Former Fox Chapel mayor remembered as team builder

Former Fox Chapel Mayor Harry McLaughlin shares his Seal Of The Senate Award with library executive director Stephanie Flom.  The award will be displayed in the McLaughlin room at the Cooper-Siegel Community Library in Fox Chapel.
Former Fox Chapel Mayor Harry McLaughlin shares his Seal Of The Senate Award with library executive director Stephanie Flom. The award will be displayed in the McLaughlin room at the Cooper-Siegel Community Library in Fox Chapel.
Photo by Jan Pakler | for The Herald
Tawnya Panizzi
| Wednesday, Sept. 18, 2013, 9:00 p.m.

If at first glance you didn't recognize former Fox Chapel Mayor Harry McLaughlin by his signature flannel pajama pants, then his quick joke or story would get you.

“Harry O,” friends recalled, was as well known for his affability as his decades-long work to improve life in the Lower Valley. He died last week, at the age of 88, after a brief illness.

Known as a team-builder who believed in the power of people, McLaughlin was deeply rooted in paving a better way of life for the entire area, not just Fox Chapel.

“He had an enthusiasm for promoting the area as a great place to live,” said Vern Koch, longtime friend and former Fox Chapel Area school board director. “He spent most every day involved in community activities.

“I learned a lot from him — he wasn't so big on phone and email, he was big on personal contact. He would say, ‘Let's just go knock on the door.”

Appointed borough mayor in 1985, McLaughlin directed his efforts at projects that spread across all six communities of the school district. He co-founded All of Us Care, an afterschool program in Sharpsburg that aimed to keep children busy, healthy and off the streets.

Over the last decade or so, McLaughlin turned his attention to the need for a new library and community center to serve residents.

As president of the Community Center and Library Association, he campaigned to help raise $6 million for the new library that opened in 2011. To him, a new library would help rebuild and strengthen the Lower Valley.

“There is no doubt that Mayor Harry led the charge,” said Stephanie Flom, CCLA executive director. “He had an uncanny ability to bring people together to work for a common cause.”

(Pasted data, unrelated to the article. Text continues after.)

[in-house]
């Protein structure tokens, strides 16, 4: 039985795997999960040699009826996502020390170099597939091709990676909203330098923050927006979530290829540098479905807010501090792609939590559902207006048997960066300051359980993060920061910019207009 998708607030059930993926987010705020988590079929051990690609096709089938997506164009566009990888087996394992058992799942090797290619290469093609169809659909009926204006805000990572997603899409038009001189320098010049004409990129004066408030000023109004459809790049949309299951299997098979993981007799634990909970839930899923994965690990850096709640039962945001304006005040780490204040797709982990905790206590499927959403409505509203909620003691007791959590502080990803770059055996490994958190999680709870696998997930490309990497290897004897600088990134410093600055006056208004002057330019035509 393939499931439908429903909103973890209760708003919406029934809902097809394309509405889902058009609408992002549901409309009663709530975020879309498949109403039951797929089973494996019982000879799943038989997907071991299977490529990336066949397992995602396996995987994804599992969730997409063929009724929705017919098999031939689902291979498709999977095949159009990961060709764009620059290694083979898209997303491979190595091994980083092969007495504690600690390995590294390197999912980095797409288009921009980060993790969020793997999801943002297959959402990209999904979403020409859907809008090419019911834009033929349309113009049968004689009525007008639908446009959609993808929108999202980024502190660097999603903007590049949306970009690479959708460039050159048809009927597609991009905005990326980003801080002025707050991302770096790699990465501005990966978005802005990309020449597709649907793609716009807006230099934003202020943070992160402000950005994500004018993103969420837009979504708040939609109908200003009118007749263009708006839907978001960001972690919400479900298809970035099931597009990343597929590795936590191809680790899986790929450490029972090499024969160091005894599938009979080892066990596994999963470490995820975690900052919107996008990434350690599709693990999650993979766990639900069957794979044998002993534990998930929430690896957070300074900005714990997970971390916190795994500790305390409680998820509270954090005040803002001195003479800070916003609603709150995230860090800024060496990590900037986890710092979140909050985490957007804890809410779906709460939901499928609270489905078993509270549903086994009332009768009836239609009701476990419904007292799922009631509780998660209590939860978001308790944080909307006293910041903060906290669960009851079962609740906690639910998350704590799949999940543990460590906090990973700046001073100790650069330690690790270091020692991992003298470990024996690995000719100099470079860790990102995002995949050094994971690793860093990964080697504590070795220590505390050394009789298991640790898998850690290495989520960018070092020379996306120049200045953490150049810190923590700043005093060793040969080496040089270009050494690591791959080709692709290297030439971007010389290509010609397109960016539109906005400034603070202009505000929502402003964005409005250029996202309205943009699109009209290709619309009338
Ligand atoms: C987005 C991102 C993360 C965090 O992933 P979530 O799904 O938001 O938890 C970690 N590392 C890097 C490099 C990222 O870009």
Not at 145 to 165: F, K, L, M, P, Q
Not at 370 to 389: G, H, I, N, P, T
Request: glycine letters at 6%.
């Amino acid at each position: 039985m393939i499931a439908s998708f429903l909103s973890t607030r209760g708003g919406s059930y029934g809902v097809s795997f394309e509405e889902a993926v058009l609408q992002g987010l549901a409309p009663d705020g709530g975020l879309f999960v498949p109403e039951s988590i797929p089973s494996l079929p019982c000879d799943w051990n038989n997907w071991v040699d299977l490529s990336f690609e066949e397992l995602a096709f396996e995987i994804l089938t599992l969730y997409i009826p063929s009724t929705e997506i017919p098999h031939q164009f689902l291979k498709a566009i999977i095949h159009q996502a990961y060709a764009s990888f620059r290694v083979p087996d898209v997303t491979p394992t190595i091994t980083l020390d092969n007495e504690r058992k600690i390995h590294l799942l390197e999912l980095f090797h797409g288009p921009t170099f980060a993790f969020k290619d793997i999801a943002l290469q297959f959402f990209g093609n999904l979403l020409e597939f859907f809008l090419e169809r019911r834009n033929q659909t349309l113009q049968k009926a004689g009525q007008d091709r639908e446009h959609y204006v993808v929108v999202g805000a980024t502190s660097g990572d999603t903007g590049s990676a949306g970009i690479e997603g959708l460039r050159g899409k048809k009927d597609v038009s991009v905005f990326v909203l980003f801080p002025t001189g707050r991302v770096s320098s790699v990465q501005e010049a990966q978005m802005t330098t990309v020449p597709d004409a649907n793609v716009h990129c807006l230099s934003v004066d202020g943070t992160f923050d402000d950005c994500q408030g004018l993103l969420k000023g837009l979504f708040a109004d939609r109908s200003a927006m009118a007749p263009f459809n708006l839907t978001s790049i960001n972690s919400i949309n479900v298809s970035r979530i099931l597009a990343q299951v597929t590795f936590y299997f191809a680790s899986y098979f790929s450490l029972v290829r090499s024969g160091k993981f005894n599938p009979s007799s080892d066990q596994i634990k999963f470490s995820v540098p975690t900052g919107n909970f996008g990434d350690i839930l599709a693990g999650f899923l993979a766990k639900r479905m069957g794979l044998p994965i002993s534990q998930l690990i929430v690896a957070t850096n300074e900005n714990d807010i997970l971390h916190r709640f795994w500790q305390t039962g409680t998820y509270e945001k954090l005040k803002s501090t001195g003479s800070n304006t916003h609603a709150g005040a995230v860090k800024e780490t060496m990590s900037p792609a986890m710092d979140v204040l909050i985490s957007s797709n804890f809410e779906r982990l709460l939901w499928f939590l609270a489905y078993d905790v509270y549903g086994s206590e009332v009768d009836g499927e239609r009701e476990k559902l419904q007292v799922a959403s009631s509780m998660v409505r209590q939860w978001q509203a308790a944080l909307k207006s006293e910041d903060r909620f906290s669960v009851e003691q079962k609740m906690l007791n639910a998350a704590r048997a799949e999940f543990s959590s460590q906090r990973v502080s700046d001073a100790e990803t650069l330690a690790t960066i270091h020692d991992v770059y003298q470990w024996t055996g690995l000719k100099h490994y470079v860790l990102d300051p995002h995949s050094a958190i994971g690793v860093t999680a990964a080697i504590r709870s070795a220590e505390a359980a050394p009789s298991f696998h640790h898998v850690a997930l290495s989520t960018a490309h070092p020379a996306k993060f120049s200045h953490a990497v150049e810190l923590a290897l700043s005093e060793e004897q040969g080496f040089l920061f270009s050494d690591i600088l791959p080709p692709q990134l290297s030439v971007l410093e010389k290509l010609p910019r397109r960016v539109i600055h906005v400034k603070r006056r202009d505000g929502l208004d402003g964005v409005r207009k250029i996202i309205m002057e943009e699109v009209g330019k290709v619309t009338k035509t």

Flom said his personality helped but people responded to McLaughlin's concern for the community.

“He was never about Harry. He inspired us to work together to achieve something greater than any of us,” she said.

As acknowledgement, the library staff in December surprised McLaughlin by naming a conference room in his honor — “My little Irish heart was really going,” the mayor said at the time.

That modest marker truly thrilled McLaughlin, Koch said, adding “I'm delighted that we did it while he was able to enjoy it.”

Even after his retirement in 2012, McLaughlin remained as head of the CCLA to lobby for a new $7 million community center, which is expected to break ground next spring.

His mayoral successor Alex Scott said it didn't surprise him that McLaughlin kept working after retirement.

“He was dedicated to the community, not just Fox Chapel,” said Scott, who enjoyed a 20-year friendship with McLaughlin. “He spent so many years making sure that the library was going to be built. His work wasn't done.”

Calling McLaughlin the greatest joke-teller of all time, Scott said his attitude was infectious — The new mayor even turned out to his first council meeting wearing plaid pajama bottoms so people would recognize his new position.

Friends said McLaughlin, who had a passion for golf, often turned a day on the links into a bigger mission. Having been a member of the Pittsburgh Field Club since 1951, he helped organize fundraising events each year for The Leukemia and Lymphoma Society. In 1995, he founded The McLaughlin Cup, with proceeds going to local groups such as All of Us Care and the ALS Society.

The World War II Army veteran also liked to tool around in his 1930 Model T Ford, which he drove as a regular in the Aspinwall-Fox Chapel Memorial Day Parade. McLaughlin was a 62-year member of the American Legion Post 77.

Borough Secretary Dana Abate had a difficult time expressing her grief last week. She said McLaughlin was a friend and a second father figure.

Abate recalled many Friday evenings where McLaughlin would join her family to cap off a long work week with a themed cookout and an “attitude adjustment.”

“It's like losing a dad all over again,” she said. “Nobody told a joke like Harry-O, he was a friend to all of us at the office. He made your day when he walked in the door.

“He sincerely cared about people and you felt that the minute you met him. He will be sorely missed and forever in my heart.”

Tawnya Panizzi is a staff writer for Trib Total Media. She can be reached at 412-782-2121, ext. 2 or

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